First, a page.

About me…


Born and brought up in Kolkata, India, I arrived in England for university at the age of 18 and stayed on. I live in central London. And I cook a mean Indian meal (according to my friends and family).

All this while working as a public relations director, being a married mother of two terrors and generally having a full life.

Why another Indian cooking website?

I’d never cooked anything until I started my Masters degree in London. When I finally took the plunge, I found many authentic, healthy, quick and simple Indian dishes that I could fit among client deadlines, late nights partying, family dos and general craziness.

I started this blog in September 2006 because I got sick of seeing how much people loved Indian food and how little they actually cooked it.

My mantra is this: You don’t have to slave over a hot cooker all day to cook a healthy and authentic Indian meal. This blog is my way to spread the love for Indian cooking to all those who wrongly think it’s too difficult, time consuming or greasy.

Is it working?

Yes, indeedy. Bored of being lectured by sari-clad aunties, there is clearly a new breed of time-starved lovelies (myself included) who would rather eat their shoe than make a samosa from scratch. I have around 25,000 unique visitors a month from around the world, and that number’s growing fast.

Okay, how to get started?

At the very heart of Indian cooking is the frying of masalas or spices. The wet masalas are the onion, ginger and garlic and the dry ones are the powders. What gives the curries their taste is the combination and type of spices used. So two dishes use the same spices, but taste different. The secret is in the combinations.

There are really no hard and fast rules on these combinations. If you ask a seasoned Indian cook about his/her recipe you will get a bizarre response something to the tune of: Add a bit of ginger/garlic, some turmeric and chilli, and finish off with a little garam masala. This is because many of us rely on andaaz or approximations and therefore, the same dish will often vary from household to household with each family having its own take on a classic.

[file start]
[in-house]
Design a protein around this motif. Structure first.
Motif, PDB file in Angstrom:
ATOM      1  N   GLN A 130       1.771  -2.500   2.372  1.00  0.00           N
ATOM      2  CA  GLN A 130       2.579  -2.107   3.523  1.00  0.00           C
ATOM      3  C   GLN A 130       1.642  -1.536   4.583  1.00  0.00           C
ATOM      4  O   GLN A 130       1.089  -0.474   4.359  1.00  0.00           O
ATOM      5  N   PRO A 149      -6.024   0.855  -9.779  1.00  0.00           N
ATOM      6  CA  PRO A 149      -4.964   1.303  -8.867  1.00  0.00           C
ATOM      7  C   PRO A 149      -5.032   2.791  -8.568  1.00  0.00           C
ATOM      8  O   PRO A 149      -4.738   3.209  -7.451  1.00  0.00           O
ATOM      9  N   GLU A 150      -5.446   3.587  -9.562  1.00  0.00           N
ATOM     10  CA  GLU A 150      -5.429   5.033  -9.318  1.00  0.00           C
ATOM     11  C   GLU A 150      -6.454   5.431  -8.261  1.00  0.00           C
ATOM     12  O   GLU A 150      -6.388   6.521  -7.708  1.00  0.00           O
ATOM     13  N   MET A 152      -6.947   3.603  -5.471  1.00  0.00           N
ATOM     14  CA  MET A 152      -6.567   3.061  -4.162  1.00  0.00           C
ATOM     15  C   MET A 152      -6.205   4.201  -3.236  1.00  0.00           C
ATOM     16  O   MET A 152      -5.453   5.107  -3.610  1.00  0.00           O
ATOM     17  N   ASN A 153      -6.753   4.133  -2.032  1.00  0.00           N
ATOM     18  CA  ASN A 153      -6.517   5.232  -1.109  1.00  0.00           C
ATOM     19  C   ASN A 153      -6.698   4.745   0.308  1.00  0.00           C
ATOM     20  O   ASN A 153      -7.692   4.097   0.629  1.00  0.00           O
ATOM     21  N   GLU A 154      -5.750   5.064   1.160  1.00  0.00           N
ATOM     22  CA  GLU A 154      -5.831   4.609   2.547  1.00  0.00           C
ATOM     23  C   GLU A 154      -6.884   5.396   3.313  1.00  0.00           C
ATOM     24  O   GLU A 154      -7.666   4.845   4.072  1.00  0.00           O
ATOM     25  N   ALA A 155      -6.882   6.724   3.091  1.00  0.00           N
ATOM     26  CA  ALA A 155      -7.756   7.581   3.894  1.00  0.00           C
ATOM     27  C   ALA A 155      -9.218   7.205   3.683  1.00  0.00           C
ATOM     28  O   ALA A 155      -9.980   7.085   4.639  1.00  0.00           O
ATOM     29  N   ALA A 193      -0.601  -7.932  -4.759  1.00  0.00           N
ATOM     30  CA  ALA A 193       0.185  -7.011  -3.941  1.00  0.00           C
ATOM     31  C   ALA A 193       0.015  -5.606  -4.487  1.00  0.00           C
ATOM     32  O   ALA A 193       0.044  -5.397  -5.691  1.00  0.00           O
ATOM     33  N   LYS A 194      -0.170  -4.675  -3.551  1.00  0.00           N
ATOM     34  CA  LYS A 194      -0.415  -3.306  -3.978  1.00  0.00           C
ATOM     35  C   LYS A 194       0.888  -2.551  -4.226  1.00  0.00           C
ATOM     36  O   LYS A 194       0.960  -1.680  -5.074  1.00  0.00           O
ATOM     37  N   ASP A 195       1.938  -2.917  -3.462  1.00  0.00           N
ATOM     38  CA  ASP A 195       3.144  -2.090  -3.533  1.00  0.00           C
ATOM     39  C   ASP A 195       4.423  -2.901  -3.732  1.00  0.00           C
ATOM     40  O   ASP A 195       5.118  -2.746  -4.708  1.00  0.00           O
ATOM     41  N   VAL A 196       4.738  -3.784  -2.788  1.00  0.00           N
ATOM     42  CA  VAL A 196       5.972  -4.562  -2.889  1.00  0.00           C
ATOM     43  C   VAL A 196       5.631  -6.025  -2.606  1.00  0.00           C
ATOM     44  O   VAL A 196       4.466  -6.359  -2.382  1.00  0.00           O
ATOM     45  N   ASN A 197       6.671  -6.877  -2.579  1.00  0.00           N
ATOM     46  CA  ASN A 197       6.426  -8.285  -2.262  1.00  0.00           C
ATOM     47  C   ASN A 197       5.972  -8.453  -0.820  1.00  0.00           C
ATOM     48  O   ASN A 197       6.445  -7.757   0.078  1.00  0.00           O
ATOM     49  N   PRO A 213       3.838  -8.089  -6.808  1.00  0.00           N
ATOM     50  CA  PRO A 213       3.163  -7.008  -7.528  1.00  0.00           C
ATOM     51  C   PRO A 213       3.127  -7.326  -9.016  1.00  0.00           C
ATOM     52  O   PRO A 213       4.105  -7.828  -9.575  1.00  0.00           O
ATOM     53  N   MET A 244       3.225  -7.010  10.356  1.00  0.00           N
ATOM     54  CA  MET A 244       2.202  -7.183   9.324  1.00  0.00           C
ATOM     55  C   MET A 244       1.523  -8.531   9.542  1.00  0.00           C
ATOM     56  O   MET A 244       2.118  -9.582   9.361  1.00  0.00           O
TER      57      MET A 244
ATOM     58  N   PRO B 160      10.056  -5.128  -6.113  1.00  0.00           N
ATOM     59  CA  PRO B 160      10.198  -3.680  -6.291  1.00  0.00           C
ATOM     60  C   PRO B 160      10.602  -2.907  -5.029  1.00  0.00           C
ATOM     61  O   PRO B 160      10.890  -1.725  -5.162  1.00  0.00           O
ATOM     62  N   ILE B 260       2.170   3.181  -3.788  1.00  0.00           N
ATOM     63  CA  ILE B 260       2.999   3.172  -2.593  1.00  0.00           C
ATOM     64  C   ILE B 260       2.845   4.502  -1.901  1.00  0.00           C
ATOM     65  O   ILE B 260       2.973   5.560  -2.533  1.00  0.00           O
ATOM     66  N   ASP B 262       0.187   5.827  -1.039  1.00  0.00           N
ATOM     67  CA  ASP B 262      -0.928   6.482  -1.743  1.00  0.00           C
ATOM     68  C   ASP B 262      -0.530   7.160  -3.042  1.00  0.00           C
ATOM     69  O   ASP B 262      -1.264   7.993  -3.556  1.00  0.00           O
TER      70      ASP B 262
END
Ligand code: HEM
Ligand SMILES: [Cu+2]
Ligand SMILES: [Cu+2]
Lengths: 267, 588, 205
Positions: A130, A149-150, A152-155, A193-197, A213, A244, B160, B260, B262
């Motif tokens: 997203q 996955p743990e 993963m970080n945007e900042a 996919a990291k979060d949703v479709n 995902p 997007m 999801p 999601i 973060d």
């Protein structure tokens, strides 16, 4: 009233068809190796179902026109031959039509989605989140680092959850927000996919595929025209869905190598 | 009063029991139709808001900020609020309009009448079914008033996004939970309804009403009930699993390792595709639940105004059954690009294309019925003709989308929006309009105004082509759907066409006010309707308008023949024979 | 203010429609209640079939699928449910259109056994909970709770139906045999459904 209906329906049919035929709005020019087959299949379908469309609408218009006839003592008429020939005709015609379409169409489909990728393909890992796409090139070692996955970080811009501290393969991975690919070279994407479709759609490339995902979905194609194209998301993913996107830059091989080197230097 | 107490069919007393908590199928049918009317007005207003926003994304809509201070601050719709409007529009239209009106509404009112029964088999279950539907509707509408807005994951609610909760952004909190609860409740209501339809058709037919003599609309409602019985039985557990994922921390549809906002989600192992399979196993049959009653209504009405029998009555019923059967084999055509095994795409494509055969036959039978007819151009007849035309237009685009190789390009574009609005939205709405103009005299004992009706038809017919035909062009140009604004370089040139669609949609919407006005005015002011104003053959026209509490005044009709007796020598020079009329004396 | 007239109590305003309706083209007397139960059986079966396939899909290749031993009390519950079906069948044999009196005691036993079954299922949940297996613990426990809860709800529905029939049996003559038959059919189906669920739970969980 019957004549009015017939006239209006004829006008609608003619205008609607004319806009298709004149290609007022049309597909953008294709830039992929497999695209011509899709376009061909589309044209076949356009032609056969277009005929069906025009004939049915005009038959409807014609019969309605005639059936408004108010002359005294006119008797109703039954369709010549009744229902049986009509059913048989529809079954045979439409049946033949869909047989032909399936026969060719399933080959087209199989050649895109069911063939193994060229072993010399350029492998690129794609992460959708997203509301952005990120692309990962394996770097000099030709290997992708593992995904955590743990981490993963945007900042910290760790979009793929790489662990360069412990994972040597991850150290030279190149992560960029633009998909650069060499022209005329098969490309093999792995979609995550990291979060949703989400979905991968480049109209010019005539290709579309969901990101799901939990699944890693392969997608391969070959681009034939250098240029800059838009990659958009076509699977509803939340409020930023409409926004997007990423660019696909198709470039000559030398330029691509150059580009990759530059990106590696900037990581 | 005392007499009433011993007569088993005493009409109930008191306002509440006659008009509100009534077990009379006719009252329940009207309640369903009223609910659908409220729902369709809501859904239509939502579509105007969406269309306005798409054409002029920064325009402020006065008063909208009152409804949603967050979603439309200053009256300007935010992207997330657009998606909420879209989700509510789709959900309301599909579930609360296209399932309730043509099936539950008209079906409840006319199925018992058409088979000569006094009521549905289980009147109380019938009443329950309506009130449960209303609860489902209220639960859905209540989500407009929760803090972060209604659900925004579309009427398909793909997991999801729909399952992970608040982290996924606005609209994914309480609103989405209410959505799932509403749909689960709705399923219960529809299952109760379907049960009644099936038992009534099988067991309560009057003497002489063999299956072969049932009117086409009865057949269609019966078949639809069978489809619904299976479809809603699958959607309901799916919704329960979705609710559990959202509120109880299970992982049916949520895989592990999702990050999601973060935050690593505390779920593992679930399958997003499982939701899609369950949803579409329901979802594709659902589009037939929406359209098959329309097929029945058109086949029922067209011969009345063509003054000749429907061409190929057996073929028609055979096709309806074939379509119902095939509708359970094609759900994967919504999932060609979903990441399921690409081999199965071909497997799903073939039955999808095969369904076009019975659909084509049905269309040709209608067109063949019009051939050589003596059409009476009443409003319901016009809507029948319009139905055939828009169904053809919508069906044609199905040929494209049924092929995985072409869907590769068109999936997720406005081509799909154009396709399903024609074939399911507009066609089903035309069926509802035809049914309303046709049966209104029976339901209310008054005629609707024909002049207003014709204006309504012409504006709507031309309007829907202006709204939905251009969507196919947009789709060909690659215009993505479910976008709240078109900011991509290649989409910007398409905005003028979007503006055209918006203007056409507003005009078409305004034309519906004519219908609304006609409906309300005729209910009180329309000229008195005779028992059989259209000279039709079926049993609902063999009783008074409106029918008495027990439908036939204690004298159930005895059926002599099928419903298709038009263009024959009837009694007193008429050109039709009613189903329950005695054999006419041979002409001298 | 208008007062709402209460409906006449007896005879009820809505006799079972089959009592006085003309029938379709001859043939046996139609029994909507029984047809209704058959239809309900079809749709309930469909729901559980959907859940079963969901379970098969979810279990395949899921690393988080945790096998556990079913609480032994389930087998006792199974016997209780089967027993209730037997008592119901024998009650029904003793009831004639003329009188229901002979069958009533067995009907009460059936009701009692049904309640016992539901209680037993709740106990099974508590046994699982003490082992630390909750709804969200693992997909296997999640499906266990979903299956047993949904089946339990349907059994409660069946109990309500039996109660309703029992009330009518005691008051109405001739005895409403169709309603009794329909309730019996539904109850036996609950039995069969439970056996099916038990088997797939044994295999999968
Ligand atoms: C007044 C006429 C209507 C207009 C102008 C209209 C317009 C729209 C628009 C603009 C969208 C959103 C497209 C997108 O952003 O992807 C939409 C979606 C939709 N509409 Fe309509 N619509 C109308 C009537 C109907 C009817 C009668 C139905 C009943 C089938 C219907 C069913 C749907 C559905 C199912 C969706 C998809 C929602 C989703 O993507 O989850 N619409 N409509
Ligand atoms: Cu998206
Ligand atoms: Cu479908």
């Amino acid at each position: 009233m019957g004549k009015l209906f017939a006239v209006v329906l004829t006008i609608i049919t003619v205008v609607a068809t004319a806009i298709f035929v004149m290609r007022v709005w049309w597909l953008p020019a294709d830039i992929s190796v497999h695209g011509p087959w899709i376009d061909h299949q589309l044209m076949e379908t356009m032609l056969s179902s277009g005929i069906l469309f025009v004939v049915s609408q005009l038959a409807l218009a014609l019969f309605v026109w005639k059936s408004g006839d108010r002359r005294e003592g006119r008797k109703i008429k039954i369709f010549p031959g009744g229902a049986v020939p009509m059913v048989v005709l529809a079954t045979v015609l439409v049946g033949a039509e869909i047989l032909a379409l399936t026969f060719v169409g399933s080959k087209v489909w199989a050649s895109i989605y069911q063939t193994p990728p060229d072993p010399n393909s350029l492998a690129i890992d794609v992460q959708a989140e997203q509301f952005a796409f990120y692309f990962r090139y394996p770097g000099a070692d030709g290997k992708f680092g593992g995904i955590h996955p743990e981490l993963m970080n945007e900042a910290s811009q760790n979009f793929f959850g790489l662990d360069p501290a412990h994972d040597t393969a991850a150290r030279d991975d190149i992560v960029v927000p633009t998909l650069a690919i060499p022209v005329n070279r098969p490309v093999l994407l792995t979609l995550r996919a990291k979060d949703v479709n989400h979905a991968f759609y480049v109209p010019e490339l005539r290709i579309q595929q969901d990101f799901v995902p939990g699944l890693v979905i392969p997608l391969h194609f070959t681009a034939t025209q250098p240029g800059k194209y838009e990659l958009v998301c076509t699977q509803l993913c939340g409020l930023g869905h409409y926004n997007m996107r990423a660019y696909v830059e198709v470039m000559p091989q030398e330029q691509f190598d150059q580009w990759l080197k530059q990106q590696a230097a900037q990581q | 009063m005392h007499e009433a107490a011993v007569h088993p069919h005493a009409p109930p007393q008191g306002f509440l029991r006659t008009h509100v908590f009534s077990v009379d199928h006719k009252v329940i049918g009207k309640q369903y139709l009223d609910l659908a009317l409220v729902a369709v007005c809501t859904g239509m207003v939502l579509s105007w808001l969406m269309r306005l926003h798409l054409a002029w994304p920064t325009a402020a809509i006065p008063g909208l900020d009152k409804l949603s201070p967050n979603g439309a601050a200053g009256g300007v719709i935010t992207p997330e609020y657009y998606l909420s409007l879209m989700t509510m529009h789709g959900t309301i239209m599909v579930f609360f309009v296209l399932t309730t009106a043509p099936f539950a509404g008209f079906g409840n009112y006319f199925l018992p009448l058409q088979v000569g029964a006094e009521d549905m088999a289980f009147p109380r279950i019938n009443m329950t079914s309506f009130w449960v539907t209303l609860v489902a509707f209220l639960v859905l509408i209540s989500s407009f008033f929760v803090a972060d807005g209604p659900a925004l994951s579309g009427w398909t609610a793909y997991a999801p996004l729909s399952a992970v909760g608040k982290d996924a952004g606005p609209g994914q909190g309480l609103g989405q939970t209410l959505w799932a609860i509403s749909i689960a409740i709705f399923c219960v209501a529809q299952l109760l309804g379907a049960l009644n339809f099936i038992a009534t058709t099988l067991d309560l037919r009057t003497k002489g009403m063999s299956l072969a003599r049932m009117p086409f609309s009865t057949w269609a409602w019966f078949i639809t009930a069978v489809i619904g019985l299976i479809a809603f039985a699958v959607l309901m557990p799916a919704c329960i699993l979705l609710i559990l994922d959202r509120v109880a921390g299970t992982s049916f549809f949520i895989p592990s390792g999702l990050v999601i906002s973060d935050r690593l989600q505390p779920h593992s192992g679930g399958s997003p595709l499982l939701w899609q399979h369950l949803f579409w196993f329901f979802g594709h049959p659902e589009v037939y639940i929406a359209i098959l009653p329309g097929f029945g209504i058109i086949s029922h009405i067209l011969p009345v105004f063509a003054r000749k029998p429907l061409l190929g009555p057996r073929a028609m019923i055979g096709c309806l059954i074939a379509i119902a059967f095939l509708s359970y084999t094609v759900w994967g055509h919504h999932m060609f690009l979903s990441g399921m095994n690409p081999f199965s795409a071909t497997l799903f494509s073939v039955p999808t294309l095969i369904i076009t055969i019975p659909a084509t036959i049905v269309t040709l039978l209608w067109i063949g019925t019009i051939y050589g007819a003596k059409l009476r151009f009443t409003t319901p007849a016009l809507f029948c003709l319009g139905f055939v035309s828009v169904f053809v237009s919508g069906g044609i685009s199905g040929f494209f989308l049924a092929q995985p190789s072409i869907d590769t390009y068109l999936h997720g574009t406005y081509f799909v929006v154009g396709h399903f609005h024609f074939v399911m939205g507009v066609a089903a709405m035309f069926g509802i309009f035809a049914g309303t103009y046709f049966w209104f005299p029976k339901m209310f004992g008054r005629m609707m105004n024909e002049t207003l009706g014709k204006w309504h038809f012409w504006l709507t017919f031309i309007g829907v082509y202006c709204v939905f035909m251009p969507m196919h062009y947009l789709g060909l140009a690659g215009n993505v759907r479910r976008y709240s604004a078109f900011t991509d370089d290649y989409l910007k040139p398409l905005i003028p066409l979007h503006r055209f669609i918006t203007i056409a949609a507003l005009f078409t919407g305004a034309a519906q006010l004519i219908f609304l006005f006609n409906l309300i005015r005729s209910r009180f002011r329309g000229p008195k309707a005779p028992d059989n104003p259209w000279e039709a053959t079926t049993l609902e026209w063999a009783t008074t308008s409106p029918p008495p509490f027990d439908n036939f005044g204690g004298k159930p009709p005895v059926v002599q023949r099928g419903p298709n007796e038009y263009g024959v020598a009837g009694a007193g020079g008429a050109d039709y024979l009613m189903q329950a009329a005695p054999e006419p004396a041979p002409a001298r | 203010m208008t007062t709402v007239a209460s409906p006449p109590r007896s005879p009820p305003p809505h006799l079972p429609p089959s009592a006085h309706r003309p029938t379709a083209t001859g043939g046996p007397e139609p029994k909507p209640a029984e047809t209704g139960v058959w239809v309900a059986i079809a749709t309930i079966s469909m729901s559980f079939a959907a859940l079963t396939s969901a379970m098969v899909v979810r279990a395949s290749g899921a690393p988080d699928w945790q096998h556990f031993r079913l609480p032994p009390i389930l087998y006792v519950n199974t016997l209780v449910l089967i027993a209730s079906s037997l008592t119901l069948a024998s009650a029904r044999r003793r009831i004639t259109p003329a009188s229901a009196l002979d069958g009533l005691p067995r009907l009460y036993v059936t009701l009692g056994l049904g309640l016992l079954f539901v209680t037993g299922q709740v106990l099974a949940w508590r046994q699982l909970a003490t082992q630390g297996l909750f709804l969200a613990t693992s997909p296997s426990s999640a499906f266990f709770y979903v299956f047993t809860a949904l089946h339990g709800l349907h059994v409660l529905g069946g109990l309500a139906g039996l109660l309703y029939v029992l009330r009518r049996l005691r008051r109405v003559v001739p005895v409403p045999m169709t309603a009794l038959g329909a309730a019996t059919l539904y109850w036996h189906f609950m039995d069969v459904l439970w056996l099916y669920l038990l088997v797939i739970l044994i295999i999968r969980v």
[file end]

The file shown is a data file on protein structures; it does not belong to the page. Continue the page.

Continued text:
Creating the dishes is not an exact science but there are some basics to remember. When you first fry the masalas, there is a pungent smell. As you stir, this sharp aroma goes away and you get a more subtle, blended whiff of masalas. You know your masala mix is cooked when the smell changes and when, on a slow simmer, the oil in the mixture starts oozing out of little pores and the sides of the dish. It’s all about the timing.

Here are a few do’s and don’ts before you get started:

Do

  1. Make a list of masalas from recipes you like and buy them at a ethnic shop or online. It’s much cheaper than getting them at supermarkets. They last ages and you can freeze curry leaves
  2. Use non-stick pots and pans to cut down on stirring time
  3. Think ahead. Curry tastes much better eaten the next day and if you’re making the effort, you might as well cook extra for another meal

Don’t

  1. Cook Indian food with olive oil. It has too much flavour and does not fry the masalas as effectively as sunflower oil
  2. Replace ingredients unless you know exactly what you’re doing. Dals or lentils especially have different cooking times
  3. Leave your pot unattended and wander about. The quickest way to get masalas cooked is to whack the flame on high and stir like a maniac to ensure the masalas cook quickly and don’t burn
  4. Be in a rush to leave the house after cooking. Your home will smell and so will you. Factor in the time needed to ventilate your home, shower and change before you head off

So invite your friends round, make that masala shopping trip and get chopping. Once you get started there’ll be no stopping you and that’s a promise!